Current Issues in data.gov
From Data-gov Wiki
We maintain a list of issue reports to reflect our latest findings in data.gov datasets
- Extra headers and footers in CSV files (Dcterms:created 25 June 2010, Sarah Magidson)
- CSV access point leads to exe (Tim Lebo)
- CSV access point leads to website (Dcterms:created 24 June 2010, Sarah Magidson)
- Difficult-to-parse text data files (Dcterms:created 25 June 2010, Sarah Magidson)
- CSV files are actually in LRECL format (Dcterms:created 24 June 2010, Sarah Magidson)
- CSV data files missing headers (Dcterms:created 23 June 2010, Sarah Magidson)
- CSV files use delimiters other than commas (Dcterms:created 25 June 2010, Sarah Magidson)
- Hiding data files behind a user interface (Tim Lebo)
- CSV access points to non-CSV data files (Dcterms:created 25 June 2010, Sarah Magidson)
- Web confirmation required for download (Dcterms:created 25 June 2010, Sarah Magidson)
- CSV files contain variable number of values (Tim Lebo)
- Double quotes should be escaped in data.gov catalog csv (Dcterms:created 18 August 2009, Li Ding)
- Data views do not have URLs (Tim Lebo)
(Note: A tangential subject is the User Experience Issues page, which covers how users are reacting to the current presentation of the data catalog)
While translating data.gov data into RDF, we have discovered some issues with the published datasets. These issues can be roughly categorized as follows:
- Duplicated Datasets- Some datasets are part of another dataset, e.g. Dataset 140 (2005 Toxics Release Inventory data for the state of California (Environmental Protection Agency)) is a subset of Dataset 191 ( (Environmental Protection Agency)).
- Formatting Issues - The format of some datasets is not friendly to machine processing. Not all datasets offer CSV format data, and parsing table data from them requires non-trivial efforts. Example: Dataset 37 (Lower Colorado River Daily Average Water Elevations and Releases (Department of the Interior)). Some websites, meanwhile, have no data at all: Dataset 335 (National Longitudinal Surveys (Department of Labor)), for example, tells you how to order data from the government.
- Access Point Issues - The access points for some datasets do not point to pages friendly to machine access. Instead of pointing to a downloadable file covering the entire dataset, some lead to an interactive website where only partial data can be returned by a web-based query. Example: Dataset 330 (Local Area Unemployment Statistics (Department of Labor)) and Dataset 96 (National Water Information System (NWIS) (Department of the Interior)).
For more details, please visit http://data-gov.tw.rpi.edu/wiki/Current_Issues_in_data.gov .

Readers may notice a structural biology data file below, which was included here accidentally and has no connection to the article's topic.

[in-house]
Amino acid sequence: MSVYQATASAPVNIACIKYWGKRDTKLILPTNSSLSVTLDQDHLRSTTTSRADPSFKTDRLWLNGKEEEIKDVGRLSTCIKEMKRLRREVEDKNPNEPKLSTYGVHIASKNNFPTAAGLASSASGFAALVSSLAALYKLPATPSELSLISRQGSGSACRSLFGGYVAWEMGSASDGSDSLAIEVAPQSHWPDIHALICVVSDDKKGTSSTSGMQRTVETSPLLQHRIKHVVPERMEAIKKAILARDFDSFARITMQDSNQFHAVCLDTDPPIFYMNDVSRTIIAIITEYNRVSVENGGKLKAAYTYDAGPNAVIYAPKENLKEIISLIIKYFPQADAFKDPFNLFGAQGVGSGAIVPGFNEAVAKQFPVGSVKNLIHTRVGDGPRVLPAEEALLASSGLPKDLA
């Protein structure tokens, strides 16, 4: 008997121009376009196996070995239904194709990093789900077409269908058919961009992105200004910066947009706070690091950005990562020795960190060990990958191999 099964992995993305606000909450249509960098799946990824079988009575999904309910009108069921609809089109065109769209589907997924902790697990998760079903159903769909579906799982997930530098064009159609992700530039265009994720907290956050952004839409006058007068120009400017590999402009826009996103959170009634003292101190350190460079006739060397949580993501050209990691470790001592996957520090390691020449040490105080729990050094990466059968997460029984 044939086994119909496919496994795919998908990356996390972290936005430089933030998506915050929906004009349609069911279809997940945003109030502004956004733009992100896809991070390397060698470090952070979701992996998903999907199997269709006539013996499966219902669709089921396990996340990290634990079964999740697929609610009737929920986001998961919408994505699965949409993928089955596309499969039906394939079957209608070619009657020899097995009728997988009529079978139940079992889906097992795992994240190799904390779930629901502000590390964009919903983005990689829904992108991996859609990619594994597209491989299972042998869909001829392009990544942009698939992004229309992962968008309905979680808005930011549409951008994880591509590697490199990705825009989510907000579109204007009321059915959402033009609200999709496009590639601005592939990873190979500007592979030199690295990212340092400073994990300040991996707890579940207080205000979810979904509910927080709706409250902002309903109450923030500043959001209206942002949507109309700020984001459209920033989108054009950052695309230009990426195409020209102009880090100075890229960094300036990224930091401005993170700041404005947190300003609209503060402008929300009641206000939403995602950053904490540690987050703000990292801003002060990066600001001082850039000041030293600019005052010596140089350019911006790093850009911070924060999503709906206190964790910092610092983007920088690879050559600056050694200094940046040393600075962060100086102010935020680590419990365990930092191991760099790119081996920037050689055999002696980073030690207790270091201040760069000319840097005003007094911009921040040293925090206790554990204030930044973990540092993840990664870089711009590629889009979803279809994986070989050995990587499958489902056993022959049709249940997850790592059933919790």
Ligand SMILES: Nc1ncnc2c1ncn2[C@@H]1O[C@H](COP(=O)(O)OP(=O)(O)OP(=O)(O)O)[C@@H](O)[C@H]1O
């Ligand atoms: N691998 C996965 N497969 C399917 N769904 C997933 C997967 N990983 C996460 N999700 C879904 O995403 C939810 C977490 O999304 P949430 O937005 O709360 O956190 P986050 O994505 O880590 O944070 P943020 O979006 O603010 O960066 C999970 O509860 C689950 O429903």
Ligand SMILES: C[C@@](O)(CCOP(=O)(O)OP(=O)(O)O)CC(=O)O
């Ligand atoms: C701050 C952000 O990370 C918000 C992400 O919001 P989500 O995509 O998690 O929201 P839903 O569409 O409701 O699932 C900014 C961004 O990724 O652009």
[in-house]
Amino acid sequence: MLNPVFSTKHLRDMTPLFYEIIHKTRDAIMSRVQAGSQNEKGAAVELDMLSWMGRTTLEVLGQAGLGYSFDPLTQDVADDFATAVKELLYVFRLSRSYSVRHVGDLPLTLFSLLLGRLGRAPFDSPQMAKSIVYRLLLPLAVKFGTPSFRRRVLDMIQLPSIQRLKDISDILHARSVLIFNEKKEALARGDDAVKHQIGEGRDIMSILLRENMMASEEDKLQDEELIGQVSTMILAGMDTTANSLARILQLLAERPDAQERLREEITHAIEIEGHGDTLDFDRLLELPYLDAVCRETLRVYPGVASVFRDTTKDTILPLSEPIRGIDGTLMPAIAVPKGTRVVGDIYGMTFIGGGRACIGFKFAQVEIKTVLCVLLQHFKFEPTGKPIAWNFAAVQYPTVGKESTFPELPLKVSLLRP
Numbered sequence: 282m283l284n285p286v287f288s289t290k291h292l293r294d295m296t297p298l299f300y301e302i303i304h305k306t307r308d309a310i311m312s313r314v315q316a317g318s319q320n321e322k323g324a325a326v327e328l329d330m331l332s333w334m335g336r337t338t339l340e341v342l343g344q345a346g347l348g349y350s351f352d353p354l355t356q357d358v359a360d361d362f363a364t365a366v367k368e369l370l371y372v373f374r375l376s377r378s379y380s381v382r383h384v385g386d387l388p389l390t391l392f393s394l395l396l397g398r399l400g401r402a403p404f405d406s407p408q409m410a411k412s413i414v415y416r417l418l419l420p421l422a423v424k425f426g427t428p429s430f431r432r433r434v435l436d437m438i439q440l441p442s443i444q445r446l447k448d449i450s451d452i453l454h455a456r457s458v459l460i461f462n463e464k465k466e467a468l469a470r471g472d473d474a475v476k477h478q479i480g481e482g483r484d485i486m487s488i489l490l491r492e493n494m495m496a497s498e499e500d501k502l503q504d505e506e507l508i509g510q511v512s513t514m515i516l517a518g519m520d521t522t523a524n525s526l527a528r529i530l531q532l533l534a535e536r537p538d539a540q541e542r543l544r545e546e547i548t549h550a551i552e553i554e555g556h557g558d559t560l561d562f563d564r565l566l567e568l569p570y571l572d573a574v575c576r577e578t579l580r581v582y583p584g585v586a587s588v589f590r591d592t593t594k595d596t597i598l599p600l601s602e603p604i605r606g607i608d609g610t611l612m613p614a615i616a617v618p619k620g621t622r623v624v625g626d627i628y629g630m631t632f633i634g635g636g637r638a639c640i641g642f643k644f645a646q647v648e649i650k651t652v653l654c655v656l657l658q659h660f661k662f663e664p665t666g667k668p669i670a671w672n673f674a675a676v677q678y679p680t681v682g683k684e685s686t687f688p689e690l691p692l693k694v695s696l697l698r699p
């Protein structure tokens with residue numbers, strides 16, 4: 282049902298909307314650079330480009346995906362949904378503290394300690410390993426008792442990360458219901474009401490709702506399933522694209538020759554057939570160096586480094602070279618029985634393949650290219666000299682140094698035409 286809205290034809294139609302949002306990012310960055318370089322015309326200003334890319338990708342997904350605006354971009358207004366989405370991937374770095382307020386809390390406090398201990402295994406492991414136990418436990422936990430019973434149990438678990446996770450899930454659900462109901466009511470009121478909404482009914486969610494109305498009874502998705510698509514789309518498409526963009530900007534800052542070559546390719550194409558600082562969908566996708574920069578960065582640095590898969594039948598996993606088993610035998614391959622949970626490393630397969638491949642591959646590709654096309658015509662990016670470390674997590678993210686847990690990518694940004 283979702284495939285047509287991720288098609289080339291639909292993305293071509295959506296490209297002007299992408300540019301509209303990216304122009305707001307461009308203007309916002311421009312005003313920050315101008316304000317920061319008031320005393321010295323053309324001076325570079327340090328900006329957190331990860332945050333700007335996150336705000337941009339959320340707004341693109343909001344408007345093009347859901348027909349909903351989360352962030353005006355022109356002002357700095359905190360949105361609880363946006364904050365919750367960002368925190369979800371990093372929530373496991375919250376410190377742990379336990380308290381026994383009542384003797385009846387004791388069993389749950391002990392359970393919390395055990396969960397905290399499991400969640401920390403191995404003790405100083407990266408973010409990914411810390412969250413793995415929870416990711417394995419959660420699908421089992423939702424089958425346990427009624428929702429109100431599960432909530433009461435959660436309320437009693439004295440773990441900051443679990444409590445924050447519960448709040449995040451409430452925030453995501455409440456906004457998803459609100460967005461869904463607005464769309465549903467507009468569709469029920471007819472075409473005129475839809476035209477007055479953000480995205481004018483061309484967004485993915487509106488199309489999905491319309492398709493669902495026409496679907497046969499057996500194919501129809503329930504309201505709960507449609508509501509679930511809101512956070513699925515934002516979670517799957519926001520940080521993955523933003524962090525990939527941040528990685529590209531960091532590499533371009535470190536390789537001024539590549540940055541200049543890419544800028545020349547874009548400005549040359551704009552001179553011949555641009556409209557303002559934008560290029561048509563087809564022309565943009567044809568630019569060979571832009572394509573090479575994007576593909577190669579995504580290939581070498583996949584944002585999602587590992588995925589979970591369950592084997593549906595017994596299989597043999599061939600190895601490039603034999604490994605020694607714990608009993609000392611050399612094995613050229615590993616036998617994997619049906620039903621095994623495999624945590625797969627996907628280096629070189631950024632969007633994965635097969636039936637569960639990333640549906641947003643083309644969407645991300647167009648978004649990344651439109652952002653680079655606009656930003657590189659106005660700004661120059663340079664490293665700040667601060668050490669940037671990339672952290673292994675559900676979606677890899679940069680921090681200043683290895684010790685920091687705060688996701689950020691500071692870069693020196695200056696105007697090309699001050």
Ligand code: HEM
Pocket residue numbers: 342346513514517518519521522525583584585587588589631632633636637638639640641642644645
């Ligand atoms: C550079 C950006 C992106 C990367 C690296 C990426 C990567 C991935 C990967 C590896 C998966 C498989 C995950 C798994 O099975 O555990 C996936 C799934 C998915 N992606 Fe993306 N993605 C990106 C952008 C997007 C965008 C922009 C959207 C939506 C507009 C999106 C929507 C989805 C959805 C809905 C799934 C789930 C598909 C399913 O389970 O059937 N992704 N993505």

Issues with Data.gov Raw Data
- The EPA publishes both a nation-wide dataset and state-wide datasets on the Toxics Release Inventory. The national data files of all US States and Territories - Dataset 191 (2005), Dataset 249 (2006), and Dataset 307 (2007)—are supersets of the 171 (3*57) state-and-territory-specific datasets.
- Dataset 59 is a subset of Dataset 10, containing only columns with general information and data specific to energy consumption. Dataset 10 contains all the data from the Residential Energy Consumption Survey, conducted by the Energy Information Administration.
According to data.gov, CSV/TXT files are there to "Use... for easy access to the data. [They] could be opened by most desktop spreadsheet applications". We found many CSV/TXT links on data.gov that do not follow this criterion, however. What follows is the detailed categorization of the data formats we have encountered:
- Category:Csv as query output-convertible files (total:1; show all)
- Category:Csv missing header (total:56; show all)
- Category:Fixed-width-column txt (total:31; show all)
- Category:Interactive webpage (total:8; show all)
- Category:No csv (total:6; show all)
- Category:Tab-delimited csv (total:284; show all)
Datasets labeled as "confirmed CSV" are those datasets that really are in CSV format and are easily parsable. "Tab-delimited CSV" means that the data file(s) follow the conventions of CSV files, but use tabs instead of commas. These are also easy to parse, but we note it because our RDF translation program expects commas as delimiters.
Access Point Issues
Besides the format of data, the URLs given as the CSV access points sometimes introduced additional complications. What follows is the detailed categorization of the data access point issues we have encountered:
- Category:Bad access point (total:16; show all)
- Category:Good access point (total:31; show all)
- Category:Good access point with set of files (total:278; show all)
- Category:Good access point with single file (total:57; show all)
Datasets labeled as "Good access point" generally have no issues of this kind, but have some other formatting issue, as discussed above. "Good access point with single file" and "with set of files" refer to datasets which have good access points as well as good formatting (with the exception of Dataset 59).
- 10 flaws with the data on Data.gov (So, can you trust the data provided on Data.gov? A cursory examination of the newly released high-value datasets revealed 10 types of quality deficiencies., http://gcn.com/articles/2010/03/15/reality-check-10-data-gov-shortcomings.aspx)
|Dcterms:created||15 July 2009 +|
|Dcterms:creator||Sarah Magidson +, Li Ding +, and Dominic DiFranzo +|
|Dcterms:description||Not all datasets in data.gov labeled as CSV/TXT are friendly to machine consumption. Here are our findings.|
|Foaf:name||Current Issues in data.gov|
|Skos:altLabel||Current Issues in data.gov +, current issues in data.gov +, and CURRENT ISSUES IN DATA.GOV +|